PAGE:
Just closed off an interesting exercise with my current client – We had to set up a SharePoint site and work out a way to easily manage files stored on a Network Share. These files are secured and only accessible by some users, so we need to ensure that security of the share is not compromised. We also need to make the files accessible using a HTTP path, so we can leverage the “Link to a Document” content type for SharePoint 2010 document libraries (it only takes URL’s starting with HTTP:// or HTTPS:// – you can’t even fake it – Reflector tells us that it does not take anything but a URL). Finally, SharePoint Search will crawl and “security trim” the links to documents that appear within a document library (another reason to use the “Link to a Document” content type).
The department has a limited budget which was entirely consumed by the third party creating the site for them, and so they could not invest in more code to “handle” additional files. The SharePoint platform is in early stages here, and although we’re going to use RBS through SQL it’s far from being set up and ready to rock. So to address the need at a cost that would keep everyone happy (Free) and keep the SQL databases nice and light, we set up a new web site on a SharePoint farm that had the root site configured as the UNC path. These were the key configuration learnings we picked up – hopefully if we ever need to do it again, it won’t be so fiddly.
The Application pool account used to run the web site needs to have access to read the UNC path, subfolders and files. It uses this to check the properties of the Web.config file and the ACL – you can work around it but we decided against it. http://forums.iis.net/p/1149098/1868353.aspx#1868353
Word on the interwebs is that this works when using Basic Authentication only (or anonymous, but there’s not much value in folder security when enabling anonymous access). I did read on a forum article in IIS.net that it required authentication mechanisms that allowed pass-through Authentication, so it’s possible Kerberos might work (but NTLM does not). We were going to set up SSL, so no problems from rogue Wireshark users and basic auth. You would also need the relevant SPN set up to use Kerberos I guess.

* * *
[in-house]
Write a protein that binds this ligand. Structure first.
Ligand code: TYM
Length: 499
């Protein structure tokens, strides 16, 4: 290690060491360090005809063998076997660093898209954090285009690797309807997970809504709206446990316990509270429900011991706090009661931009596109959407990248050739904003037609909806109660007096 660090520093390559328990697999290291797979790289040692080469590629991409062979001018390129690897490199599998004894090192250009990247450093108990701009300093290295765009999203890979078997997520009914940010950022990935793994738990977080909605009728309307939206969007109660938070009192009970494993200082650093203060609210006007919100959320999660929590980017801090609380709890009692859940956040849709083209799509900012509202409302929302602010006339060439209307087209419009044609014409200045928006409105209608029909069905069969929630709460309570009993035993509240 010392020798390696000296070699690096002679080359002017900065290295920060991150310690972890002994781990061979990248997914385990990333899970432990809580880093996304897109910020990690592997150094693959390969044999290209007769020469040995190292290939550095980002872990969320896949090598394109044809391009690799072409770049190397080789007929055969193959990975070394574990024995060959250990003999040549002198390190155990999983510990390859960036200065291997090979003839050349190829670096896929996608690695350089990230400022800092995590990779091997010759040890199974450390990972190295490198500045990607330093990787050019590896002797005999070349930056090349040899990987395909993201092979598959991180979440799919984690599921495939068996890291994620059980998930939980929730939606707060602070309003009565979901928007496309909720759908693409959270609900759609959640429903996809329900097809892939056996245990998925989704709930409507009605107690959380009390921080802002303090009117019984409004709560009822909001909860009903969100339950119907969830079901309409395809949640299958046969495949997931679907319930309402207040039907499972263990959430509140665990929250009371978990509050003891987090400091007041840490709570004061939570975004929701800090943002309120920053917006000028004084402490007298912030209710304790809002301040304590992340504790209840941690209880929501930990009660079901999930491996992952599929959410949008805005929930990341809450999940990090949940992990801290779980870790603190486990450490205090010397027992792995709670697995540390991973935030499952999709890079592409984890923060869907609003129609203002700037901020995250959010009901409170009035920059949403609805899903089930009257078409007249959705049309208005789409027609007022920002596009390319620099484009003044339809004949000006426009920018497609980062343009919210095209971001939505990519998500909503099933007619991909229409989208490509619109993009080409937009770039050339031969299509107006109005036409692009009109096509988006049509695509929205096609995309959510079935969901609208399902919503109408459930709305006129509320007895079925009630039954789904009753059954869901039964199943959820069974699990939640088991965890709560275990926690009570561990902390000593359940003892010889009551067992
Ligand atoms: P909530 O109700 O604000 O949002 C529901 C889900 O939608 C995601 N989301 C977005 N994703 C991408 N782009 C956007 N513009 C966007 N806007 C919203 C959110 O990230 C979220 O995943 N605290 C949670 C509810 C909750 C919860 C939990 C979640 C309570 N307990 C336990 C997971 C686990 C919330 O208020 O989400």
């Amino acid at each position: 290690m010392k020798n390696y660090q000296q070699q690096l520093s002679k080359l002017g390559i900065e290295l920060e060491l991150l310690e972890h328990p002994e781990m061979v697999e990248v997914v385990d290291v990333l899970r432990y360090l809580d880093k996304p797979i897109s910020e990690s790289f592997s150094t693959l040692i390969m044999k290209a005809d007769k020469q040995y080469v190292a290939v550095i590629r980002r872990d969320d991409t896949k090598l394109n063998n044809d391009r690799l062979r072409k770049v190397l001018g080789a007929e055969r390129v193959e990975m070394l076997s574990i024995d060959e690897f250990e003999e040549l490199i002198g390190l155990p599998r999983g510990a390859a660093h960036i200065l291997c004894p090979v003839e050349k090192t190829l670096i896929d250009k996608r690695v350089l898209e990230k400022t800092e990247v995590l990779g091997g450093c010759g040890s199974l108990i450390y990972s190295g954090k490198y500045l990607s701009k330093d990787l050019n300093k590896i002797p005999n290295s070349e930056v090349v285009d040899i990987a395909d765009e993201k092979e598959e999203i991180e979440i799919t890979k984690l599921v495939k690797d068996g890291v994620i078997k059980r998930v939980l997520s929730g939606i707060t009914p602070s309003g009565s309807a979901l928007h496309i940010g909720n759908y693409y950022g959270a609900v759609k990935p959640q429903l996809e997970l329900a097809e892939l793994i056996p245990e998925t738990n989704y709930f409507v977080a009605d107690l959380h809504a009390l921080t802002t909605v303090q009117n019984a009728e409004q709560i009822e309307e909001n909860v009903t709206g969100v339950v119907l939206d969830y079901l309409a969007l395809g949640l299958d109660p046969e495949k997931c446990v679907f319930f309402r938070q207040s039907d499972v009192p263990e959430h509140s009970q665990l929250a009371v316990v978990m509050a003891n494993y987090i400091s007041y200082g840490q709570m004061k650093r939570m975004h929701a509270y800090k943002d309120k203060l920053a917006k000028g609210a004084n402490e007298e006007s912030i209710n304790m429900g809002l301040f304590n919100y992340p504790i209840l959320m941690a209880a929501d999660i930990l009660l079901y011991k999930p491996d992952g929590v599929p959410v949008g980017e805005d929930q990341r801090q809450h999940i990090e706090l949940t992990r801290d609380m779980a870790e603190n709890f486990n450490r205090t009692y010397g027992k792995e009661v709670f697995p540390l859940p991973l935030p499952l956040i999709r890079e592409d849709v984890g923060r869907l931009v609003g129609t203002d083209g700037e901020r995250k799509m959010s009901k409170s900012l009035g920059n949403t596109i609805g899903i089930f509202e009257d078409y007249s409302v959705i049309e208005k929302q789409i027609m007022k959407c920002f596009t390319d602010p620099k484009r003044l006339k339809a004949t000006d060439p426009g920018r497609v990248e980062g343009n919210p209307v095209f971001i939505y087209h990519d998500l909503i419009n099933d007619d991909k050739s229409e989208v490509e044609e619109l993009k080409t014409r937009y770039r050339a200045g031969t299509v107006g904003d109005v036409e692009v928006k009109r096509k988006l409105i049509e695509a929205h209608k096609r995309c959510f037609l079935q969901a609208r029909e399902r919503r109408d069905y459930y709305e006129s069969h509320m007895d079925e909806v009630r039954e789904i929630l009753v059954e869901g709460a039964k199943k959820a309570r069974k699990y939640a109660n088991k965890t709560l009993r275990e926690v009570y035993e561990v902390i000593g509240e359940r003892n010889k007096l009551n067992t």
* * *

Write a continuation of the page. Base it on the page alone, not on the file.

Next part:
You need to set the UNCUserName and Password properties to “” (empty String) and replace the # with a number that represents the IIS Web site ID (in our case it was 3):
cscript adsutil.vbs set w3svc/#/root/UNCUserName “”
cscript adsutil.vbs set w3svc/#/root/UNCPassword “”
Finally, Run IISRESET to have the settings take effect.
Manage the Security on the target server’s folders – allow everybody read access to the Share (that way you don’t have to adjust it in two places).
You cannot control users ability to view the web.config filename, but you still cannot download it (it’s stopped at the IIS level).
You cannot make the page look pretty. Ours was only an internally-facing Admin page, so no problems there.
Administrators still upload to and from the network share in the traditional way.
Don’t forget to modify the firewall on the IIS Servers if you are using a non-standard port to access the site (we used 9999)
Problem solved – $0 cost.